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Clothing fit issues are among the top reasons customers return clothes and shoes purchased online, and it’s a costly problem for retailers. A 2015 IHL report, a retail research firm, estimated that retailers around the world lose billions each year from returns due to improper sizing.

As Amazon becomes the largest apparel retailer in the United States, the number of returns it has to manage will only increase. But the Seattle-based company appears to be working on a system to ensure customers get the right size the first time.

A recent patent application filed by Amazon outlines a few possible modes of operation for a system that makes sizing recommendations to customers based on a “reference item.” Amazon would use a device, also described in the filing, to take internal measurements of its products, allowing it to create three-dimensional models that it would store in a database. As a buying user, Amazon would be able to recommend products with a similar fit depending on whether its dimensions match the reference item within a certain threshold. If, for example, you like the way your Converse sneakers fit, you can be reasonably assured that any sneakers recommended by Amazon will also fit.

The system can even take into account factors such as the destination of the product – running, for example, in the case of sneakers – or the stretch of the fabric. A picture of a device for measuring shoes looks a bit like a shoe horn and can record “toe width, toe height, circumference, internal length and other related dimensions”.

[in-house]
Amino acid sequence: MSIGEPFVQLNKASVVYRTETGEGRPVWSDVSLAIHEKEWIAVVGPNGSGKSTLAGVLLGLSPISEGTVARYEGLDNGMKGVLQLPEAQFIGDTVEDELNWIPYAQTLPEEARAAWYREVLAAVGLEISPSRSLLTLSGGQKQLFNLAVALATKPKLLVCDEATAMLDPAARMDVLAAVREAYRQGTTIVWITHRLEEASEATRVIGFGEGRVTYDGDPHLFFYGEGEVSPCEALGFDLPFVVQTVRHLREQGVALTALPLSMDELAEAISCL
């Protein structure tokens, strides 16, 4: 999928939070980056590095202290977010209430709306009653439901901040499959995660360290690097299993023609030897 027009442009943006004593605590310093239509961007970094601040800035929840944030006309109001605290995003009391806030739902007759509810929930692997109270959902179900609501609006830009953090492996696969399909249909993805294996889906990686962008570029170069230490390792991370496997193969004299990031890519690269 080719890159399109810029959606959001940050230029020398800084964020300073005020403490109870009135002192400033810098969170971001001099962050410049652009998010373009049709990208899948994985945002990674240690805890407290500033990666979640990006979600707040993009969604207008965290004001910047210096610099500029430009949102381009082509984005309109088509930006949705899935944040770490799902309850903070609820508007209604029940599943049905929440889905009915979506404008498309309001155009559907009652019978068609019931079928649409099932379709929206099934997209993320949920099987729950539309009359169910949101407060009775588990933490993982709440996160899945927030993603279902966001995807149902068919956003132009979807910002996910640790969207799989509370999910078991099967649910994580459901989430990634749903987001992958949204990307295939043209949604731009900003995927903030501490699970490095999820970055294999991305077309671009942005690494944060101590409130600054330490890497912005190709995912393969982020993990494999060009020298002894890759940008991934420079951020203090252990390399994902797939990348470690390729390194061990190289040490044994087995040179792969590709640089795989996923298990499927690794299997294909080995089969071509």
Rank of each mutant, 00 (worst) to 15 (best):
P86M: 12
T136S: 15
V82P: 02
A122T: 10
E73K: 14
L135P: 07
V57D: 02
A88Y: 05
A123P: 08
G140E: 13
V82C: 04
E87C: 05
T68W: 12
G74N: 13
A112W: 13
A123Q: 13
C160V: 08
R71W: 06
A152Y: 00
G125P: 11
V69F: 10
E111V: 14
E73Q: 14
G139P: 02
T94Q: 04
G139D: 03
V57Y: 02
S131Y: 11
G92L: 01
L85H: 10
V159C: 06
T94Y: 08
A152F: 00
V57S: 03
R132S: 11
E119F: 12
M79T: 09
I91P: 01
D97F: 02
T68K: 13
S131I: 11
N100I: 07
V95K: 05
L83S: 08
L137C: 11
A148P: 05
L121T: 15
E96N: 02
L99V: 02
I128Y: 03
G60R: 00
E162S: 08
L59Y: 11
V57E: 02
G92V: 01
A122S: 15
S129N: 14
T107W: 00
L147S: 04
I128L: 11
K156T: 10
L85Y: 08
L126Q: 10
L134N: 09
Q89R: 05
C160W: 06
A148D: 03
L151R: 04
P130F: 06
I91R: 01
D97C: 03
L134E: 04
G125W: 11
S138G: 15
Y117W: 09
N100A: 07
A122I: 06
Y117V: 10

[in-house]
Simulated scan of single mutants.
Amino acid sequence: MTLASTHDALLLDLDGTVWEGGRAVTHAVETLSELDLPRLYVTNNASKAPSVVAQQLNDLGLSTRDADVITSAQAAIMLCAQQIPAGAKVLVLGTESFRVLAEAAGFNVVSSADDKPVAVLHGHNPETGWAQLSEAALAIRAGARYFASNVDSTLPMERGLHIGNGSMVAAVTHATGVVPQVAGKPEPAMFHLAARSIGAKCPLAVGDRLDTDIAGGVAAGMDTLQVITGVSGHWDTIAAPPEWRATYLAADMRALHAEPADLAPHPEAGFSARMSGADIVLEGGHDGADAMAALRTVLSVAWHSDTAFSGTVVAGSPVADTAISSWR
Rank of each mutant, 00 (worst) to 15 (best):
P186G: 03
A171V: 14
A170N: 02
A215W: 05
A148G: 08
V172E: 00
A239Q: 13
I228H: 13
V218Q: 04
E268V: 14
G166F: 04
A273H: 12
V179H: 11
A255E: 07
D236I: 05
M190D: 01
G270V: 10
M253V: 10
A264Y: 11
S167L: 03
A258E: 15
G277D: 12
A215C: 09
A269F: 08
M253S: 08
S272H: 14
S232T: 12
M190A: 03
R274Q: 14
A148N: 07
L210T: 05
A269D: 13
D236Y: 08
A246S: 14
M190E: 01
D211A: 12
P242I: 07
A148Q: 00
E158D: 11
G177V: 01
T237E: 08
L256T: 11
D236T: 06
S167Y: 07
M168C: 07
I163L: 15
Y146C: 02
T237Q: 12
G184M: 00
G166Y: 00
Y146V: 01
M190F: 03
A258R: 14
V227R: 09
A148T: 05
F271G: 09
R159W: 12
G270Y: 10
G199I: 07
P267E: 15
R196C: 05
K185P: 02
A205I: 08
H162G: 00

Amazon patent application

Looks a bit like a shoehorn.

The patent is the continuation of an effectively identical patent filed in 2012 by Shoefitr, Inc., a sizing technology company that had customers such as Nordstrom and cole haan. Amazon quietly acquired last year, and appears to be continuing to develop its system, although filing for a patent does not guarantee that a product will be developed or used. We’ve reached out to Amazon for comment and will update this story with any new information.

The original patent and Amazon’s follow-up say the system could also be used to create patterns for “jeans, pants, shirts, bras, hats and headwear, handbags” and other items.

Measuring every product Amazon sells, or even just a large portion of them, would take a tremendous amount of effort, but it’s something Amazon is arguably well equipped to tackle. In 2015, for example, he opened a 46,000 square foot photography studio in London to photograph 500,000 pictures of clothes per year, as part of its goal to increase fashion sales.

In March, Macy’s CEO Terry Lundgren – at least until 2017— ignored Amazon’s threat to Macy’s clothing business. “They’re going to have an interesting challenge when they start getting all this feedback online,” he told a group of investors, noting that shoppers often buy multiple sizes at once because they’re not unsure of their fit.

The best solution is to solve the problem before it becomes a problem.